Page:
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As the title suggests, is this test name just a little of the top?

WhenChargeIsGreaterThanRestingChargeButLessThanChargeRestApproachStep_OnUpdate_ChargeIsSetToRestingCharge

Any suggestions on how to improve this? or is it fine as it is?

Below is the whole test fixture as it stands so you can get some context :)

public class NeuronTests    
{
        [Fact]
        public void OnUpdate_NeuronFiresWhenChargeIsEqualToThreshold()
        {
            Neuron neuron = new Neuron();
            bool fired = false;
            neuron.Fired += (s, e) => fired = true;
            neuron.Charge = Neuron.ChargeThreshold;

            neuron.Update();

            Assert.True(fired, "Neuron didn't fire");
        }

        [Fact]
        public void OnUpdate_NeuronDoesntFireWhenChargeIsLessThanThreshold()
        {
            Neuron neuron = new Neuron();
            bool fired = false;
            neuron.Fired += (s, e) => fired = true;

            neuron.Charge = Neuron.ChargeThreshold - 1f;
            neuron.Update();

            Assert.False(fired, "Neuron fired!");
        }

        [Fact]
        public void OnUpdate_NeuronFiresWhenChargeIsGreaterThanThreshold()
        {
            Neuron neuron = new Neuron();
            bool fired = false;
            neuron.Fired += (s, e) => fired = true;
            neuron.Charge = Neuron.ChargeThreshold + 1f;

            neuron.Update();

            Assert.True(fired, "Neuron didn't fire");
        }

        [Fact]
        public void WhenNeuronFires_ChargeResetsToRestingCharge()
        {
            Neuron neuron = new Neuron();
            neuron.Charge = Neuron.ChargeThreshold;

            neuron.Update();

            Assert.Equal(Neuron.RestingCharge, neuron.Charge);
        }

        [Fact]
        public void AfterFiring_OnUpdate_NeuronWontFire()
        {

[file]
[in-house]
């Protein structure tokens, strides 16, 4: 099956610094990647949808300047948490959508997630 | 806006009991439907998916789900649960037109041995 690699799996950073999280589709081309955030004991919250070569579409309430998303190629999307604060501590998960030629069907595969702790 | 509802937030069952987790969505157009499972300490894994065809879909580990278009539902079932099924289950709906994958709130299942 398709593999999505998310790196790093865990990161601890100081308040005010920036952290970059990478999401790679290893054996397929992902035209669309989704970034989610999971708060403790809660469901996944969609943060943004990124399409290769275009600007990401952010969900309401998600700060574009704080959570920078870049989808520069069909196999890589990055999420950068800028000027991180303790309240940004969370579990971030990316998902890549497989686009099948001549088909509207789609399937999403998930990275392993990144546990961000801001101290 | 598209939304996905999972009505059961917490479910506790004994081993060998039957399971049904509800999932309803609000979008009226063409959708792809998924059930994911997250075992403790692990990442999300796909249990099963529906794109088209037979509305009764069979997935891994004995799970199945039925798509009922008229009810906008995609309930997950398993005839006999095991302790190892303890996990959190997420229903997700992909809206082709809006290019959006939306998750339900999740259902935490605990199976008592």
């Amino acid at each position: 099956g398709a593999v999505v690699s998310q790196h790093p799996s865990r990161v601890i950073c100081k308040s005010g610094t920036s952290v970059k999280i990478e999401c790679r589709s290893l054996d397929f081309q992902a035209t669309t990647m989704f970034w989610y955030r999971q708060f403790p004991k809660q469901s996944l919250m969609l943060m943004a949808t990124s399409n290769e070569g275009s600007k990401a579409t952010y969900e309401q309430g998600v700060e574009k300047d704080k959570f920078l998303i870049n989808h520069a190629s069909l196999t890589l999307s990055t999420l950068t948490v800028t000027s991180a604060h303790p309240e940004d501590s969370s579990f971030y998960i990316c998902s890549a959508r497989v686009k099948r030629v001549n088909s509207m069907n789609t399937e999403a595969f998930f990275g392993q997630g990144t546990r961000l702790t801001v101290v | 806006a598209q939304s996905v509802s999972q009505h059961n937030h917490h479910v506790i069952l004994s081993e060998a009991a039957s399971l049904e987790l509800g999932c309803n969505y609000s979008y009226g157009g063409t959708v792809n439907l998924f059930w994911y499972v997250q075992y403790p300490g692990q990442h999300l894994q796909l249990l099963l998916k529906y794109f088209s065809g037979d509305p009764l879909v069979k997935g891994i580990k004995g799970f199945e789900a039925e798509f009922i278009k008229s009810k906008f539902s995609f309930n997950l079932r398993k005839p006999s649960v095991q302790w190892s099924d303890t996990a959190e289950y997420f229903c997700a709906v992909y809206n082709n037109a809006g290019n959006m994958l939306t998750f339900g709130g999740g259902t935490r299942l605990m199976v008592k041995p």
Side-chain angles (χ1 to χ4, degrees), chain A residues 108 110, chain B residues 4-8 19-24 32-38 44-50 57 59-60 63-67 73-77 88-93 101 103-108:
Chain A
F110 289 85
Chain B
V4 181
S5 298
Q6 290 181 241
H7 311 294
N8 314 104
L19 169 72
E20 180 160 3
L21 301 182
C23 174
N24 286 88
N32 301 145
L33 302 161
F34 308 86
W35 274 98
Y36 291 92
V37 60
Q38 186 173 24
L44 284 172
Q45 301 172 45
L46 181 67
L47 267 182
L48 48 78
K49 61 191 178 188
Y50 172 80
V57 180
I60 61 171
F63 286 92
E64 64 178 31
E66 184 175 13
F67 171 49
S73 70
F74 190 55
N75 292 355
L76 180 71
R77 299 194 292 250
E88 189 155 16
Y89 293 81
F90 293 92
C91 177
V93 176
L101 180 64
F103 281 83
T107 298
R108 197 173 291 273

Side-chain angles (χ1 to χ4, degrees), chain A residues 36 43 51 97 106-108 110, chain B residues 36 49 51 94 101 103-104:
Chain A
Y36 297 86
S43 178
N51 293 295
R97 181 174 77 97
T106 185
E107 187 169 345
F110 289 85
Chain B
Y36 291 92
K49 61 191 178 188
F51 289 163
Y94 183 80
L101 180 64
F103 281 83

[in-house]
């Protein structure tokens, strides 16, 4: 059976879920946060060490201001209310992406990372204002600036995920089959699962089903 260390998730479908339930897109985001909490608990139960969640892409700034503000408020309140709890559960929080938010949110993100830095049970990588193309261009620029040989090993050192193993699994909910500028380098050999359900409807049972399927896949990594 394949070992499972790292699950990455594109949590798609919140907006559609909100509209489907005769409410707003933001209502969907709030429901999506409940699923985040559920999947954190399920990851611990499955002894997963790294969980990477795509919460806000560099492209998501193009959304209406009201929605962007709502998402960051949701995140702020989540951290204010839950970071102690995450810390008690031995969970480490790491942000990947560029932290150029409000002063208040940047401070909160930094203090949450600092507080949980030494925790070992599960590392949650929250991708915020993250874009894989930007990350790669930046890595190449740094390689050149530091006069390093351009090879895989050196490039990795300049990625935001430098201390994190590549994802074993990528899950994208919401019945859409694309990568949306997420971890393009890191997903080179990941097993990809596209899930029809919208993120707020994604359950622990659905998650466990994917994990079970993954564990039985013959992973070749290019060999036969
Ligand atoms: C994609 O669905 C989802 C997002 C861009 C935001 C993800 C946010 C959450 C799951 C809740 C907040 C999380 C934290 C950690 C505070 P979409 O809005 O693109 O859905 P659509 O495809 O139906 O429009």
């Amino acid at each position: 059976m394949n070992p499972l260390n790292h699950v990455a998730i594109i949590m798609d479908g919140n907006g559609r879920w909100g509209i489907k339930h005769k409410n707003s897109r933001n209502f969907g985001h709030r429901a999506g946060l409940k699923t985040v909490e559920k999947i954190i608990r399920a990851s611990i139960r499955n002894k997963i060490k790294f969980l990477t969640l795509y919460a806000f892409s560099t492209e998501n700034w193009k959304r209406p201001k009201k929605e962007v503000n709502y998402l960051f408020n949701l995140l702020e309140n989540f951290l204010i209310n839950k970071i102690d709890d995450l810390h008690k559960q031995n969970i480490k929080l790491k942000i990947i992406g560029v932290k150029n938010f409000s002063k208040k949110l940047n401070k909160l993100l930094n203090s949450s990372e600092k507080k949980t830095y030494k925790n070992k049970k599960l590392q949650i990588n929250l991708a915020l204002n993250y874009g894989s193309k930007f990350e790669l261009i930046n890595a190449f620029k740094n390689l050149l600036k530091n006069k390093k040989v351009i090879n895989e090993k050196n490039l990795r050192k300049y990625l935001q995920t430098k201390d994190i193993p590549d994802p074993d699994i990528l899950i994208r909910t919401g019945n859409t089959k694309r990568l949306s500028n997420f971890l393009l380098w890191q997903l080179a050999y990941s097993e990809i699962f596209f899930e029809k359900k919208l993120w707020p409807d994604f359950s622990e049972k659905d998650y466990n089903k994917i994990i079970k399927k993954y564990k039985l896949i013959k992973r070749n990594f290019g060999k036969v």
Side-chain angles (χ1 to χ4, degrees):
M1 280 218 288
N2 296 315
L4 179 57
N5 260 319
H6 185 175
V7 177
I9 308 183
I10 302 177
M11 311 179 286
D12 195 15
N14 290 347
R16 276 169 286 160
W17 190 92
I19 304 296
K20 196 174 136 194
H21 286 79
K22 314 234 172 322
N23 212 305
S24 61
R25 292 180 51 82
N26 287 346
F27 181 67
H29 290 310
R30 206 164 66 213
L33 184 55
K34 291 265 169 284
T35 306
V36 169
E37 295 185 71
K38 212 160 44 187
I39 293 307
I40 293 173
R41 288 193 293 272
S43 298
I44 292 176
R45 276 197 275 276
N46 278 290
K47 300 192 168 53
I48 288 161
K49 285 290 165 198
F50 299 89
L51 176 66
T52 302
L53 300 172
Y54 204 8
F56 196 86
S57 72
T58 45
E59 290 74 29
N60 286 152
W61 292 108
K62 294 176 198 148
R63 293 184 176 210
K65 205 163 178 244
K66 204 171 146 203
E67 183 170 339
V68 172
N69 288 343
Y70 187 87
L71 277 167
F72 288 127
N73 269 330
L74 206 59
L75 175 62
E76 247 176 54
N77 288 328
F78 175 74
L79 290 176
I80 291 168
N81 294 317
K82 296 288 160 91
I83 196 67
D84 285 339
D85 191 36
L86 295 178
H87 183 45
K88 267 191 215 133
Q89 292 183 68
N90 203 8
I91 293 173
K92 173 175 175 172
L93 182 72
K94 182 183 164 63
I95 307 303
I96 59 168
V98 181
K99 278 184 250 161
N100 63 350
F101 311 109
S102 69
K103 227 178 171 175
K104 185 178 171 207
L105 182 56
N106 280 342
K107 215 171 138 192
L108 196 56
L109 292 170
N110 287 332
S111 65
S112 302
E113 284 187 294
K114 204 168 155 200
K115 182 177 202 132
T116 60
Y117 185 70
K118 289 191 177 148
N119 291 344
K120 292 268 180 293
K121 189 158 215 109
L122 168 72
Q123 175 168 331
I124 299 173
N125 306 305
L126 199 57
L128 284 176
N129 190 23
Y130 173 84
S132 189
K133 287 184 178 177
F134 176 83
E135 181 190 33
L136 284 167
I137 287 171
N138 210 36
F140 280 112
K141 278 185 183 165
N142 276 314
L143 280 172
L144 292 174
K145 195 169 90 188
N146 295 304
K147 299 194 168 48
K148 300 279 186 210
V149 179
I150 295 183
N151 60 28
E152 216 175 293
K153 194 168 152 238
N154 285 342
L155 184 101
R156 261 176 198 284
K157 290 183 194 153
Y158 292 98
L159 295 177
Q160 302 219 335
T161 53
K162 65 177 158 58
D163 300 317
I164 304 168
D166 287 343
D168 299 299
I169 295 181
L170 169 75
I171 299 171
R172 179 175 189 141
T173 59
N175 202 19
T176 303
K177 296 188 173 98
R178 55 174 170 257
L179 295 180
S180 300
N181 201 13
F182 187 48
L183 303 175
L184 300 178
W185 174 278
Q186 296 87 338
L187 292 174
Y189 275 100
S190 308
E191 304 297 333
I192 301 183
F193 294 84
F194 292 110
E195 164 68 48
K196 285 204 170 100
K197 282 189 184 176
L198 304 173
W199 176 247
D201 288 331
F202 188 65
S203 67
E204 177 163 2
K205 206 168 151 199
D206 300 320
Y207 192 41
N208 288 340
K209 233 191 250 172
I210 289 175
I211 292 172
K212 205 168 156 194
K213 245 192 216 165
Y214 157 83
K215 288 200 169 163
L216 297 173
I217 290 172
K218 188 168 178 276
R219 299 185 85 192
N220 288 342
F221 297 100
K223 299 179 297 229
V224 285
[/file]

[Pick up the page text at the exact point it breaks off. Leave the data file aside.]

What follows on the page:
Neuron neuron = new Neuron();
            int fireCount = 0;
            neuron.Fired += (s, e) => fireCount++;

            neuron.Charge = Neuron.ChargeThreshold;
            neuron.Update();
            neuron.Charge = Neuron.ChargeThreshold;
            neuron.Update();

            Assert.Equal(1, fireCount);
        }

        [Fact]
        public void WhenResting_OnUpdate_NeuronWillFire()
        {
            Neuron neuron = new Neuron();
            int fireCount = 0;
            neuron.Fired += (s, e) => fireCount++;

            neuron.Charge = Neuron.ChargeThreshold;
            neuron.Update();
            neuron.Charge = Neuron.ChargeThreshold;
            neuron.Update();
            neuron.Charge = Neuron.ChargeThreshold;
            neuron.Update();

            Assert.Equal(2, fireCount);
        }

        [Fact]
        public void WhenChargeIsGreaterThanRestingCharge_OnUpdate_ChargeDecreasesTowardsRestingCharge()
        {
            Neuron neuron = new Neuron();

            neuron.Charge = Neuron.RestingCharge + (2 * Neuron.ChargeRestApproachStep);

            neuron.Update();

            Assert.Equal(Neuron.RestingCharge + Neuron.ChargeRestApproachStep, neuron.Charge);
        }

        [Fact]
        public void WhenChargeIsGreaterThanRestingChargeButLessThanChargeRestApproachStep_OnUpdate_ChargeIsSetToRestingCharge()
        {
            Neuron neuron = new Neuron();

            neuron.Charge = Neuron.RestingCharge + (Neuron.ChargeRestApproachStep * 0.5f);

            neuron.Update();

            Assert.Equal(Neuron.RestingCharge, neuron.Charge);
        }


    }
share|improve this question
8  
That looks like a name I would come up with. That's an AWESOME name for a test case! It's crystal clear, even without a comment, AND you get to get a chuckle imagining the reaction of the first maintenance programmer looking at it and thinking "what the ???" If you can inject humor into your code without hurting readability or performance, so much the better. – David Nov 10 '10 at 12:55
1  
clear, concise, self documenting...what more can anyone want? – user448374 Nov 10 '10 at 12:57